This action might not be possible to undo. Are you sure you want to continue?

Welcome to Scribd! Start your free trial and access books, documents and more.

Find out moreIn the ﬁrst line we introduced a convergence factor exp(λt

) with λ >0.

After the integration we will let λ →0. This procedure damps the rapid

oscillations of the integrand when the integration variable t

→−∞. Math-

ematicians might have something to say about exchanging integration and

taking the limit, but physicists plough ahead and see what happens. When

we let t

1

→−∞and λ →0, Equation (2.85) becomes

e

i(ω

+E

I

−E

A

)t

i(ω

+E

I

−E

A

)

(2.86)

Likewise we get for the integral over t

**in the second term of Equation (2.84)
**

_

t

t

1

dt

e

i(−ω+E

I

−E

A

)t

=

e

i(−ω+E

I

−E

A

)t

i(−ω +E

I

−E

A

)

(2.87)

Again, we note the structure of Equation (2.86) and Equation (2.87) when

comparing them.

We substitute Equation (2.86) and Equation (2.87) in Equation (2.84)

to get

λ

2

˙ c

(2)

f

(t) =

_

−

e

m

_

2

4π

2V

√

ωω

1

i

I

_

_

B

¸

¸

ε

λ

(k) · p

¸

¸

I

__

I

¸

¸

ε

∗

λ

(k

) · p

¸

¸

A

_

E

I

−E

A

+ω

+

_

B

¸

¸

ε

∗

λ

(k

) · p

¸

¸

I

__

I

¸

¸

ε

λ

(k) · p

¸

¸

A

_

E

I

−E

A

−ω

_

e

i(E

B

+ω

−E

A

−ω)t

(2.88)

This expression is of order e

2

, just as Equation (2.77) is. According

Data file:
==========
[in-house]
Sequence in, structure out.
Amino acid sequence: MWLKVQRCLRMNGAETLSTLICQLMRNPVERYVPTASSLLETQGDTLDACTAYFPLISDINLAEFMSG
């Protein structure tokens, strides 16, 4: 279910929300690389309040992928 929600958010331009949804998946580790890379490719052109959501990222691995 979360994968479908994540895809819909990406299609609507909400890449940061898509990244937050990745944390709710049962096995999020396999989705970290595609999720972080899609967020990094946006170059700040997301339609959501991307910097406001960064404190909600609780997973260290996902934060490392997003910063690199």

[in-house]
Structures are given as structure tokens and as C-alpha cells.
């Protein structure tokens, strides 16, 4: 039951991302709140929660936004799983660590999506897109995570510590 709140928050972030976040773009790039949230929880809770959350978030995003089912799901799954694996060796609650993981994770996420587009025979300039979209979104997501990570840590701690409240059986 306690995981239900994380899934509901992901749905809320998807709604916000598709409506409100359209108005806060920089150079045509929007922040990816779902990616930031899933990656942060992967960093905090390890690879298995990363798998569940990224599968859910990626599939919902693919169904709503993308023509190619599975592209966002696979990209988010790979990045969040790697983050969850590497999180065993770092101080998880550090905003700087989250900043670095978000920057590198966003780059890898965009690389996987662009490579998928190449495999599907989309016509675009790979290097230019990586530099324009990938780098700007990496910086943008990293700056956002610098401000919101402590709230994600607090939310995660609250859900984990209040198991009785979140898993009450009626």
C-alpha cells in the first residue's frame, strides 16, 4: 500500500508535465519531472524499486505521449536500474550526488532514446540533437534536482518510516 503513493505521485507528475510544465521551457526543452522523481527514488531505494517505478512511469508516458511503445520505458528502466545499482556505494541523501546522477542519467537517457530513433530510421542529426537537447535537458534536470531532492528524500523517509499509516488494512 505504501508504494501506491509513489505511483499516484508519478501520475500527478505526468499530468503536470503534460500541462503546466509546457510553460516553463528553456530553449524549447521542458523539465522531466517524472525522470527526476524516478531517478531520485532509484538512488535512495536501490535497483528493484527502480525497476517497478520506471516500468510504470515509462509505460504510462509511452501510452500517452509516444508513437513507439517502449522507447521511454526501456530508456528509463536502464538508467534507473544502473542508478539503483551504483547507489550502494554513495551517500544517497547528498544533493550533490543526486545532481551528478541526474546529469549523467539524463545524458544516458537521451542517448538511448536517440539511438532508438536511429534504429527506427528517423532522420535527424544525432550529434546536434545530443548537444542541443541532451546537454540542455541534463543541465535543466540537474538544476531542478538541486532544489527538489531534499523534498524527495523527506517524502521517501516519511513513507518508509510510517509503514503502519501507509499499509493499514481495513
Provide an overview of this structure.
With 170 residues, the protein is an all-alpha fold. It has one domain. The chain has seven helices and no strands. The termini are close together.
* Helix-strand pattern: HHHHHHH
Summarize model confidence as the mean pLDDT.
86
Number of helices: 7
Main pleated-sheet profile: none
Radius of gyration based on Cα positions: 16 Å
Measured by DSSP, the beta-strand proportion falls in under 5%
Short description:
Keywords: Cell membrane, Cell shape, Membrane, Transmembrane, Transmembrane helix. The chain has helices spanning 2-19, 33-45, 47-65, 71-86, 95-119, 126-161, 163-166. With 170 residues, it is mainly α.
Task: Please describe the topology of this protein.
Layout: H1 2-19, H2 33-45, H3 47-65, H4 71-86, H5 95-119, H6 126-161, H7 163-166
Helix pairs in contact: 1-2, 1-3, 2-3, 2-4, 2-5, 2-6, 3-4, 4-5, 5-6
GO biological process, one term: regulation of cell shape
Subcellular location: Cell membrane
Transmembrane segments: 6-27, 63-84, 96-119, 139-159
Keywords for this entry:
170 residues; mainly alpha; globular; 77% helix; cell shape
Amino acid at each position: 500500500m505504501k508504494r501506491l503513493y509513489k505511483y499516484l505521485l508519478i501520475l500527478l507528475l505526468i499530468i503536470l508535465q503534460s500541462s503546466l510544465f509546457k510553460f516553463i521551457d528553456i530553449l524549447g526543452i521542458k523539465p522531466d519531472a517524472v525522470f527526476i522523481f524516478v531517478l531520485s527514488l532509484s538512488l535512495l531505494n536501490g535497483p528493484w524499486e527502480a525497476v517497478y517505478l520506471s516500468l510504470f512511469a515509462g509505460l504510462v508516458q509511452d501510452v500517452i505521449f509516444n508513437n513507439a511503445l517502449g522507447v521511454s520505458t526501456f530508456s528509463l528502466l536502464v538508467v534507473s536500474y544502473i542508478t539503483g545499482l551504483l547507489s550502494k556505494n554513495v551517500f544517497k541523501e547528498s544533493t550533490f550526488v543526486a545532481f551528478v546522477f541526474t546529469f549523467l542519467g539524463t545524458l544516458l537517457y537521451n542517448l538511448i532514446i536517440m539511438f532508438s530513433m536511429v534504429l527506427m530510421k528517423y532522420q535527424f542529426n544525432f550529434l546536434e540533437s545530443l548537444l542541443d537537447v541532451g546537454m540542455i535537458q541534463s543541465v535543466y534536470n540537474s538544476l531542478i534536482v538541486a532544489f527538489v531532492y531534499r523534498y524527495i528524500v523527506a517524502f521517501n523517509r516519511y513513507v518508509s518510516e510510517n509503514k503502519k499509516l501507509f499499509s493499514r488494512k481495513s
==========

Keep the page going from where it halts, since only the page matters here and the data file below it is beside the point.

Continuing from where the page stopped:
to Equation (1.85) we must add this result for λ

2

˙ c

(2)

f

(t) to the result

Equation (2.77) for λ˙ c

(1)

f

(t) to get ˙ c

f

(t) to order e

2

(second order in perturba-

tion theory). We then integrate over time from t

1

(at which time the system

is in the state

¸

¸

i

_

) to t to get c

f

(t) = λc

(1)

f

(t) +λ

2

c

(2)

f

(t) in the same manner

as done with Equation (1.95) in Section 1.3. Remember c

(0)

f

(t) = 0. Note

that Equation (2.77) and Equation (2.88) have the same time dependence

in their exponentials as they should, because the integration over time will

give δ-functions that impose energy conservation and the arguments of

the two should therefore be the same. We have the integral, common to

Equation (2.77) and Equation (2.88)

_

t

2

t

1

dt e

i(E

B

+ω

−E

A

−ω)t

(2.89)

We let t

1

→−∞and t

2

→+∞and use Equation (1.98) to get

_

+∞

−∞

dt e

i(E

B

+ω

−E

A

−ω)t

= 2π δ(E

B

+ω

−E

A

−ω) (2.90)

Quantum

Quantum

Are you sure?

This action might not be possible to undo. Are you sure you want to continue?

We've moved you to where you read on your other device.

Get the full title to continue

Get the full title to continue reading from where you left off, or restart the preview.

scribd